- 2.2% had pre-existing diabetes, and 12% had gestational diabetes
- 1.1% had pre-existing hypertension, and 2.8% had gestational hypertension (Table D2.21.12, Figure 2.21.7).
Based on age-standardised rates, among women who gave birth in 2019, Indigenous women were:
- 1.6 times as likely as non-Indigenous women to be obese pre-pregnancy
- 1.2 times as likely as non-Indigenous women to be underweight pre-pregnancy
- 1.3 times as likely as non-Indigenous women to have gestational diabetes
- 4.1 times as likely as non-Indigenous women to have pre-existing diabetes
- 2.2 times as likely as non-Indigenous women to have pre-existing hypertension (1.6% and 0.7%, respectively) (Table D2.21.12).
Figure 2.21.7: Indigenous women who gave birth, by selected maternal characteristics, 2019
Between 2009 and 2019, smoking during pregnancy among Indigenous mothers decreased from 52% to 44% (based on crude rates).
Based on age-standardised rates, the proportion of Indigenous mothers who smoked during pregnancy declined by 13%, while for non-Indigenous mothers the proportion declined by 38% (Table D2.21.20, Figure 2.21.8).
Reflecting the higher percentage reduction for non-Indigenous mothers, the relative gap in the smoking rates of the 2 populations generally increased between 2009 and 2019. In 2009, the smoking rate among Indigenous mothers was 3.1 times as high as for non-Indigenous mothers, compared with 3.9 times as high in 2019 (Table 2.21.20, Figure 2.21.8).
The absolute reduction in rates of smoking during pregnancy was more similar for Indigenous and non-Indigenous mothers (annual reductions of 0.6 and 0.5 percentage points, respectively). The absolute gap in the rates ranged between 32 and 34 percentage points between 2009 and 2019 (Table 2.21.20, Figure 2.21.8).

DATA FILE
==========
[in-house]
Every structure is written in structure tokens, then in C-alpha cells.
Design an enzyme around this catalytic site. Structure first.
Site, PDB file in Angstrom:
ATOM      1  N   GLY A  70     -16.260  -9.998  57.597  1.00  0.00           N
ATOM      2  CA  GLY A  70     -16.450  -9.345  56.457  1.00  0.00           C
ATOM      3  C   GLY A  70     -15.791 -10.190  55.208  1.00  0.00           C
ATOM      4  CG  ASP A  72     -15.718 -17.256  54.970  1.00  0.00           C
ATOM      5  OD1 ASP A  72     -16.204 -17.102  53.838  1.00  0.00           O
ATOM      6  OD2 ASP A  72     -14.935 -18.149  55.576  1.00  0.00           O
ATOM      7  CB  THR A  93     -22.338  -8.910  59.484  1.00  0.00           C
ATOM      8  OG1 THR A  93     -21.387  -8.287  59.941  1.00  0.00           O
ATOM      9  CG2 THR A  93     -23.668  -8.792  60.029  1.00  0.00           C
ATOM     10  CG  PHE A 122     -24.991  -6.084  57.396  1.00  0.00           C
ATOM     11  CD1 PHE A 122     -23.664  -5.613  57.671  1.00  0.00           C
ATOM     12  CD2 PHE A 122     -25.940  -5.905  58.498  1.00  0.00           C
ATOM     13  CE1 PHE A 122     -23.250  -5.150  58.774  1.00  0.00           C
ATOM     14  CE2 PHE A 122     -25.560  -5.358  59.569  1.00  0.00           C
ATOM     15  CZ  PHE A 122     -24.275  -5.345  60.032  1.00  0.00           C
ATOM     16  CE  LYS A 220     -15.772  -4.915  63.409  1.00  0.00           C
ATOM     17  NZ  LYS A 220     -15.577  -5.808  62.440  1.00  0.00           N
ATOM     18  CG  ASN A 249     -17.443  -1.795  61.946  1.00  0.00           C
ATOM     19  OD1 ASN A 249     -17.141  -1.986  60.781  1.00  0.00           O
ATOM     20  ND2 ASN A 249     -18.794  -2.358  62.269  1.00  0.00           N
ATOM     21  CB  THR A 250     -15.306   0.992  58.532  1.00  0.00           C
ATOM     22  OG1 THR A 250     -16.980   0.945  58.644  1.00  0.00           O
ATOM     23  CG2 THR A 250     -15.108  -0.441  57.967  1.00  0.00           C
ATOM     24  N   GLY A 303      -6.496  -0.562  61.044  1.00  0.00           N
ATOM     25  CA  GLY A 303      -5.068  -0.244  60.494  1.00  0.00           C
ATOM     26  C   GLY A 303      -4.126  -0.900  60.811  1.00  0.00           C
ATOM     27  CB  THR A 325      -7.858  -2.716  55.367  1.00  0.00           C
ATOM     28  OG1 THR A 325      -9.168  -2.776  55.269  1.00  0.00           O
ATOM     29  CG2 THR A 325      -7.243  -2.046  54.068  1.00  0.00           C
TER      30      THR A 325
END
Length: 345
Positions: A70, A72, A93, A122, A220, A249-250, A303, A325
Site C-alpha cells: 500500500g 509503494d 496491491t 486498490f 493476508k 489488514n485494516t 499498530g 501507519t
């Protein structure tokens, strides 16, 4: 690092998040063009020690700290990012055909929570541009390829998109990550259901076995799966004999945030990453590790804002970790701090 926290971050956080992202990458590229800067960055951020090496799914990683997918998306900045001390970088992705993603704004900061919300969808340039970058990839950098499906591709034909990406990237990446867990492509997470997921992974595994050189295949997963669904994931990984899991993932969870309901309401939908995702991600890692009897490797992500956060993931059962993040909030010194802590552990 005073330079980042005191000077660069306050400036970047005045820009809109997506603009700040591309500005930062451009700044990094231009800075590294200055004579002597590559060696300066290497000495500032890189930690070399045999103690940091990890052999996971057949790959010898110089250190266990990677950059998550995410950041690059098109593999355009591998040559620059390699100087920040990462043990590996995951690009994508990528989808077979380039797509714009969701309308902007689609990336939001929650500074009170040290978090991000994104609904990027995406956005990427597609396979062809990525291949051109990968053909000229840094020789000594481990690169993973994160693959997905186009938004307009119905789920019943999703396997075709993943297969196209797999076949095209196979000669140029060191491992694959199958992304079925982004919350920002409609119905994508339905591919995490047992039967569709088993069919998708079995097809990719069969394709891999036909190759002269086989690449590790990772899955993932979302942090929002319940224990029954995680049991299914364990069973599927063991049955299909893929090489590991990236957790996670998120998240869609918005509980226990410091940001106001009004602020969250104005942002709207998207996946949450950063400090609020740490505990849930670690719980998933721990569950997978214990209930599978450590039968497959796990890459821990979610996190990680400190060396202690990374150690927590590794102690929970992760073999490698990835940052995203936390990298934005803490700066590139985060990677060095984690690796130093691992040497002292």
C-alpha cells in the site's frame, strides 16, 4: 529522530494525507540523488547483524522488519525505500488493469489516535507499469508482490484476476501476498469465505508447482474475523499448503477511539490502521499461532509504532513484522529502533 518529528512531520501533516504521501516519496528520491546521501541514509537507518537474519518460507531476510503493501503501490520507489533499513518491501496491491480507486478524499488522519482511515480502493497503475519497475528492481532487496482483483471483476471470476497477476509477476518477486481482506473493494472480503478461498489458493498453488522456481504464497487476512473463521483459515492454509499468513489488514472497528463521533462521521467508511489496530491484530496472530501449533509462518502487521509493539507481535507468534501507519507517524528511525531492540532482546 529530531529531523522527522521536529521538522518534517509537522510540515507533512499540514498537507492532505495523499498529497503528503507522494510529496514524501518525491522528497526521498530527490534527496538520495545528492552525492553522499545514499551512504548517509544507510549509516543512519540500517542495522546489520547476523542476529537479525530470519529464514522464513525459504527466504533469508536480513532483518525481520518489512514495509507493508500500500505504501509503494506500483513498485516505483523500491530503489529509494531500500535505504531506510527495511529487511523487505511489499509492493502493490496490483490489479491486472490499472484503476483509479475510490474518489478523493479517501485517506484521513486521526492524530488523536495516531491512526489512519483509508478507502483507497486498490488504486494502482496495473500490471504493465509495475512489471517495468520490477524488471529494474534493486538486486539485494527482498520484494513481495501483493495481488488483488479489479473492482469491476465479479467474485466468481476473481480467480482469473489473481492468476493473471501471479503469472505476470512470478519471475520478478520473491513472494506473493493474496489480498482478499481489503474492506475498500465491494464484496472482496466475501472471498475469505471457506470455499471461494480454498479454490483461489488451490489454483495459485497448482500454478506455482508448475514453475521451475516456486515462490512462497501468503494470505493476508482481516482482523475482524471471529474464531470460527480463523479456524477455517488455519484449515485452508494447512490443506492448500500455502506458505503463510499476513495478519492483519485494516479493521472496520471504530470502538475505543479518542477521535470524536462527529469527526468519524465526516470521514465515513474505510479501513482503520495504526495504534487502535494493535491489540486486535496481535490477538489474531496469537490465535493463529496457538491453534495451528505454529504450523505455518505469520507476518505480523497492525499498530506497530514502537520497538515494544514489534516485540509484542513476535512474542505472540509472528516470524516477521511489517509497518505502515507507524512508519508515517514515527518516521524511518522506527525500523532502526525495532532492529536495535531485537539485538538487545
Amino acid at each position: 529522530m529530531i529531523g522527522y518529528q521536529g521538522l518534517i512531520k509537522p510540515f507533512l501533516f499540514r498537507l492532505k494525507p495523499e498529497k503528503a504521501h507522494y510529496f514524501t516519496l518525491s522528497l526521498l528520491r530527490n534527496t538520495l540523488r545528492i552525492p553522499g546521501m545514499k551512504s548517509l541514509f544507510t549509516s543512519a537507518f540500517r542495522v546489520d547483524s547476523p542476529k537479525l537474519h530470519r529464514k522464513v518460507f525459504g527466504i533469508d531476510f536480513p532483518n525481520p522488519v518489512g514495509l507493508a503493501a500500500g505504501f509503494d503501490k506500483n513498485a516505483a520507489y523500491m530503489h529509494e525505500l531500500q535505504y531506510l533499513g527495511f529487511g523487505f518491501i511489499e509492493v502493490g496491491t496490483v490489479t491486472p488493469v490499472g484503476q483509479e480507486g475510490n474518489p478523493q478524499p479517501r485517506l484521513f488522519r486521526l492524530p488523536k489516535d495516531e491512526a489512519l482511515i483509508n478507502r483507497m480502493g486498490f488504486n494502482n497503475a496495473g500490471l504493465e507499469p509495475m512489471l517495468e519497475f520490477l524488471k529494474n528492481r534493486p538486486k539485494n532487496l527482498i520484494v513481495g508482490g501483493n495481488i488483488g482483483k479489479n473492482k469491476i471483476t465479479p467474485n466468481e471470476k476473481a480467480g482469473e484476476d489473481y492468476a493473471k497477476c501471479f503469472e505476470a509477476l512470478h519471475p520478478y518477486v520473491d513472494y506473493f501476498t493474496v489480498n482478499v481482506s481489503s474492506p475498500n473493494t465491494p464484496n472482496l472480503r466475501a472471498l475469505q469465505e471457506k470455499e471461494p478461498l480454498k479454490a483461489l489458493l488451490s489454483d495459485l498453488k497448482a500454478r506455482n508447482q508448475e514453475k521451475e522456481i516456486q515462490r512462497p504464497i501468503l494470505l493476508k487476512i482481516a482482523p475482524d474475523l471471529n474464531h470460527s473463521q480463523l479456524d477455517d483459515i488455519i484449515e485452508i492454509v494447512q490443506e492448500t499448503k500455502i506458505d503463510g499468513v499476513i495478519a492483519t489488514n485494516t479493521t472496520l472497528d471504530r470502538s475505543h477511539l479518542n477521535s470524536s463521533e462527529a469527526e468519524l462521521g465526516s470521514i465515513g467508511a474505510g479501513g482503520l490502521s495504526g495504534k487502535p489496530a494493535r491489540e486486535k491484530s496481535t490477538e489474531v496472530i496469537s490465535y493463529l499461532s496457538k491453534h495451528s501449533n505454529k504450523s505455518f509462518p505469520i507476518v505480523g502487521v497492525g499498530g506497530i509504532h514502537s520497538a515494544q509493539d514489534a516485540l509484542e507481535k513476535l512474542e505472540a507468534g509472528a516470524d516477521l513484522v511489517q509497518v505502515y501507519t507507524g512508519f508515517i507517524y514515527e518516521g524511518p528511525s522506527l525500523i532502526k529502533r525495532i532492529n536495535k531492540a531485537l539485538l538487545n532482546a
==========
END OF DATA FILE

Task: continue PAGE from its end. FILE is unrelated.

Figure 2.21.8: Age-standardised proportion of mothers who smoked during pregnancy and changes in the gap, Australia, by Indigenous status, 2009 to 2019
What do research and evaluations tell us?
Tobacco smoking increases the risk of pregnancy complications (for example miscarriage, placental abruption and premature labour) and poor perinatal outcomes such as low birthweight, intrauterine growth restriction, pre-term birth and perinatal death (England et al. 2004; Hodyl et al. 2014; Laws & Sullivan 2005; Pringle et al. 2015; Wills & Coory 2008). Maternal exposure to second-hand smoke also increases these risks for babies (Crane et al. 2011) (for effects of second-hand smoke exposure after birth see measure 2.03 Environmental tobacco smoke). There is evidence that smoking cessation, particularly in the first trimester, can reduce these risks (Bickerstaff et al. 2012; Hodyl et al. 2014; Yan & Groothuis 2015).